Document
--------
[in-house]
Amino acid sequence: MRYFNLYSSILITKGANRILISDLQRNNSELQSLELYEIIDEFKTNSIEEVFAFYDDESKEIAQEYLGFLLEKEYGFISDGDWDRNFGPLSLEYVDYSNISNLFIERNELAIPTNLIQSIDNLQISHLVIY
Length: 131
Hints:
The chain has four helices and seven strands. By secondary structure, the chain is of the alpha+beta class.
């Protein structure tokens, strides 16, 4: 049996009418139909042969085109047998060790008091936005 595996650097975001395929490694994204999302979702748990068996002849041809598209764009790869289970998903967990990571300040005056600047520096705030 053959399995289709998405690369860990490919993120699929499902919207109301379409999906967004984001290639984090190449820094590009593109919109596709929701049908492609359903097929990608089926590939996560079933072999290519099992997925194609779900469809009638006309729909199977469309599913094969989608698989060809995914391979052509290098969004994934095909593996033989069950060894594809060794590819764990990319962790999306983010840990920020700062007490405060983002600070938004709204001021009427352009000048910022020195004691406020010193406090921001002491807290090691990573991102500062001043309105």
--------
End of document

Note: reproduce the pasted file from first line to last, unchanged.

[in-house]
Amino acid sequence: MRYFNLYSSILITKGANRILISDLQRNNSELQSLELYEIIDEFKTNSIEEVFAFYDDESKEIAQEYLGFLLEKEYGFISDGDWDRNFGPLSLEYVDYSNISNLFIERNELAIPTNLIQSIDNLQISHLVIY
Length: 131
Hints:
The chain has four helices and seven strands. By secondary structure, the chain is of the alpha+beta class.
């Protein structure tokens, strides 16, 4: 049996009418139909042969085109047998060790008091936005 595996650097975001395929490694994204999302979702748990068996002849041809598209764009790869289970998903967990990571300040005056600047520096705030 053959399995289709998405690369860990490919993120699929499902919207109301379409999906967004984001290639984090190449820094590009593109919109596709929701049908492609359903097929990608089926590939996560079933072999290519099992997925194609779900469809009638006309729909199977469309599913094969989608698989060809995914391979052509290098969004994934095909593996033989069950060894594809060794590819764990990319962790999306983010840990920020700062007490405060983002600070938004709204001021009427352009000048910022020195004691406020010193406090921001002491807290090691990573991102500062001043309105």